Iesu, Redemptor omnium,
intende votis supplicum.

Qui daemonis ne fraudibus
periret orbis, impetu
amoris actus, languidi,
mundi medela factus es,

Commune qui mundi nefas
ut expiares, ad crucem
e Virginis sacrario
intacta prodis victima.

Cuius potestas gloriae,
Nomenque cum primum sonat,
et caelites et inferi
tremente curvantur genu.

Te, deprecamur ultimae
magnum diei Iudicem,
armis supernae gratiae
defende nos ab hostibus.

Virtus, honor, laus, gloria
Deo Patri cum Filio,
Sancto simul Paraclito,
in saeculorum saecula.

You don’t need much Latin to know that that is pretty different.

These hymns are pretty interesting, aren’t they?

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13 Responses to Advent vespers hymn: Conditor alme siderum

  1. I was introduced to Conditor Alme Siderum back in 6th grade by Mother St. George, C.N.D. What a discovery. I couldn’t get that ravishingly simple melody out of my head. Still can’t. Here is an Englishing of it that I did. Not a strict translation.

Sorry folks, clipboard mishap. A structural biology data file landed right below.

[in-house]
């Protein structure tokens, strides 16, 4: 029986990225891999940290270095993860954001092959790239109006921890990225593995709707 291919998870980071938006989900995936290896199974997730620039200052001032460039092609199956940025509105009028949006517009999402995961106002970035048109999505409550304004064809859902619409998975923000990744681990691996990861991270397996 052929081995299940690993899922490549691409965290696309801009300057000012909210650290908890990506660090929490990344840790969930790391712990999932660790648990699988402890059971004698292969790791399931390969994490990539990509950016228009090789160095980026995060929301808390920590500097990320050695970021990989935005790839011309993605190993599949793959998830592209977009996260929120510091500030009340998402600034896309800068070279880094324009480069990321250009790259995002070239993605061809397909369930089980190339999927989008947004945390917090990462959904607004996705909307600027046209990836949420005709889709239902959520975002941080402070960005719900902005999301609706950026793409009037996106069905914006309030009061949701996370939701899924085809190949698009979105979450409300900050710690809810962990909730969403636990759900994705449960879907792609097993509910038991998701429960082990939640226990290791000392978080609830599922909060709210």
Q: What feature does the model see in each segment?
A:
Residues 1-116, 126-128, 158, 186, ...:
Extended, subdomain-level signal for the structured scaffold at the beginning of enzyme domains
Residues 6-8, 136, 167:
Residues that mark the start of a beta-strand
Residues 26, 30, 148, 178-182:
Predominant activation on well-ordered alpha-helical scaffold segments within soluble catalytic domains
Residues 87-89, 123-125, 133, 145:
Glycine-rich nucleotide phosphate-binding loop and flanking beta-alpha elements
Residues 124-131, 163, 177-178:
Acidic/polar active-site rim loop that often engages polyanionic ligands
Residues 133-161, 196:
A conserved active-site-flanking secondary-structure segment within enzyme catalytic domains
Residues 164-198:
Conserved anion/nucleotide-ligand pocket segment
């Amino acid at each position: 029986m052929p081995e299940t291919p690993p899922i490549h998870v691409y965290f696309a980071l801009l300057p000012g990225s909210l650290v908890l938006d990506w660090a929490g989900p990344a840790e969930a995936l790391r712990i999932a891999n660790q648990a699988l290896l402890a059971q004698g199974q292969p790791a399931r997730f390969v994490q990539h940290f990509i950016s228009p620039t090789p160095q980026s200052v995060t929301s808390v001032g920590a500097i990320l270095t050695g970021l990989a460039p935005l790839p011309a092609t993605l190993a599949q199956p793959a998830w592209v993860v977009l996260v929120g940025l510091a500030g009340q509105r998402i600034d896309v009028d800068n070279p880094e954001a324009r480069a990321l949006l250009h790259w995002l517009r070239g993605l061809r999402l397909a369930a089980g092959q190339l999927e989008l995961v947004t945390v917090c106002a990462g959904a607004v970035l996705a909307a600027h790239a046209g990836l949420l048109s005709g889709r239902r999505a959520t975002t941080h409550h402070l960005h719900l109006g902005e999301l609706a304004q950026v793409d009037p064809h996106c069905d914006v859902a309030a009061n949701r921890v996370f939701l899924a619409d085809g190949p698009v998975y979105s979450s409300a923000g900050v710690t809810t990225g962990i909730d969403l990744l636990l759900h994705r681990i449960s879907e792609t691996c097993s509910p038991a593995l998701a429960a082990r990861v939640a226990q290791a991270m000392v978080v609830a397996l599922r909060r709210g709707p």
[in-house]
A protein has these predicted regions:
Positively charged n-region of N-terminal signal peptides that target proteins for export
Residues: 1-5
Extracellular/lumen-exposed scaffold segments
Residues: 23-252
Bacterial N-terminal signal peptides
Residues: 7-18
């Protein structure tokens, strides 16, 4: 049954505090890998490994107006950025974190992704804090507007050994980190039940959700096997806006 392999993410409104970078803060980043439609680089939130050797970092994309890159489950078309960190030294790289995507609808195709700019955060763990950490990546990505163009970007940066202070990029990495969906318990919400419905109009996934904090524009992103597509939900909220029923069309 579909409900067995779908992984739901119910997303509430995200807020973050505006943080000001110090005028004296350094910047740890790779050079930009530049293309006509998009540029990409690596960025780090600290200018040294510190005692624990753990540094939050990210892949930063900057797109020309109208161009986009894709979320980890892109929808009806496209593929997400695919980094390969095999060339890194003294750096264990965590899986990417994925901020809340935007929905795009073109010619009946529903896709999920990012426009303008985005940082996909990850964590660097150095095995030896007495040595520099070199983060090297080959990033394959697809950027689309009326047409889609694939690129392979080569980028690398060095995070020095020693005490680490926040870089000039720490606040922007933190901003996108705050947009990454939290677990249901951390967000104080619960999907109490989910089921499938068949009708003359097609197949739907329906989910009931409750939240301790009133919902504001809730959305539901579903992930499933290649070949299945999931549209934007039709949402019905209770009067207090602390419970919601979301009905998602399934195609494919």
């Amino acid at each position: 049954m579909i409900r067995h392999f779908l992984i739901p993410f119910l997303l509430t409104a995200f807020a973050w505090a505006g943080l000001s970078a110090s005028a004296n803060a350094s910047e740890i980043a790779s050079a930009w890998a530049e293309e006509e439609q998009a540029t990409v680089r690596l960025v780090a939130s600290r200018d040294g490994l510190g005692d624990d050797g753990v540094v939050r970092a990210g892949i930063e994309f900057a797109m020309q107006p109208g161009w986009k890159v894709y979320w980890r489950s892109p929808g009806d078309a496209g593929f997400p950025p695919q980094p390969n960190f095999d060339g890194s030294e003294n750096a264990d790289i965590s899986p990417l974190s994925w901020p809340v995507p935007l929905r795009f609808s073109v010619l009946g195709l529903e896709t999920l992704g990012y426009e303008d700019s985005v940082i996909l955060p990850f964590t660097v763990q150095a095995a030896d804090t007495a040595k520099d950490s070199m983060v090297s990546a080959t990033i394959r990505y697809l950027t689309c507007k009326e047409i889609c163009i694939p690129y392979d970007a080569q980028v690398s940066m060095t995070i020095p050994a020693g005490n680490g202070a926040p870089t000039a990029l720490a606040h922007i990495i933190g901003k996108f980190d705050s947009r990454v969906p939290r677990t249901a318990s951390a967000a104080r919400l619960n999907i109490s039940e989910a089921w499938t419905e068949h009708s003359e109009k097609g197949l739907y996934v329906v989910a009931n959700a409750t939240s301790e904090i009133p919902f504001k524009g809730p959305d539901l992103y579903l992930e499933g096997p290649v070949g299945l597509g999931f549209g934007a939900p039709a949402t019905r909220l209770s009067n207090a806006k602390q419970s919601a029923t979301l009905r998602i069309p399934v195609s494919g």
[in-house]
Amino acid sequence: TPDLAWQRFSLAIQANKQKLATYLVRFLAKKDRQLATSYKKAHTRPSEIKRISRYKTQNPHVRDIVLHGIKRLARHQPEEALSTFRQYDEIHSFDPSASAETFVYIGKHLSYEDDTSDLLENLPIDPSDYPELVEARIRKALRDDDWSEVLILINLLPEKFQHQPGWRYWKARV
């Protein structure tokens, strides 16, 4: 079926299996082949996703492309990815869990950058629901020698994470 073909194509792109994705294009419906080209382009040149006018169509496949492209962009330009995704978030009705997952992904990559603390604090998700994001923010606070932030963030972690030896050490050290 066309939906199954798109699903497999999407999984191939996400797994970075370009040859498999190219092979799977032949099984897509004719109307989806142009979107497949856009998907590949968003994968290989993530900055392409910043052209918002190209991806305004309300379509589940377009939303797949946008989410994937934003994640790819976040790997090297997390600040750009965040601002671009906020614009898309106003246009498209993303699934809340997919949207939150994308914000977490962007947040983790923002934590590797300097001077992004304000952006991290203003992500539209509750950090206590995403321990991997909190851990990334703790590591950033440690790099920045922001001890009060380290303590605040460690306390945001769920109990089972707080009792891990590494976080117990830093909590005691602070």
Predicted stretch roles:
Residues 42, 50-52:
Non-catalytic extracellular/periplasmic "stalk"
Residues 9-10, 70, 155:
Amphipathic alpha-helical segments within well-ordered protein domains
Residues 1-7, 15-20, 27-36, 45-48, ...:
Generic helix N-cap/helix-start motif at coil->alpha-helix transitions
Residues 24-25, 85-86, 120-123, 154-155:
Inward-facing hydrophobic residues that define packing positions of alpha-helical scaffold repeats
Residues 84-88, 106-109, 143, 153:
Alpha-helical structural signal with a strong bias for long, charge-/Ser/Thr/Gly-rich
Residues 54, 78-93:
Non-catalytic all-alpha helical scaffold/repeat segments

O Light unconquered, Source of Light,
    Whose radiance kindles stars and sun,
    Shine tenderly on us this night;
    Creation groans until you come.

    Immense your grief to see our plight:
    When sin had shrouded all, you came.
    True Dayspring bursting death’s dark bands,
    Emmanuel, your saving name!

    Night weighed upon a weary world
    When silently you pitched your tent,
    Enclosed within the Virgin’s womb
    True man, true God from heaven sent.

    So to the darkened world in need,
    Eternal Word, you came as man.
    You came as Bridegroom, swift and strong,
    To claim the prize the course you ran.

    Until your glory fills the skies,
    Until the stars in welcome sing,
    Until you judge both small and great,
    From sin, protect us, Sovereign King.

    To God the Father, God the Son,
    To God the Spirit ever be
    Glad songs of praise throughout the night
    While faith adores the mystery. Amen.

  2. This was a hymn for Mass last weekend, and this, to teach it to the folks in my two parishes.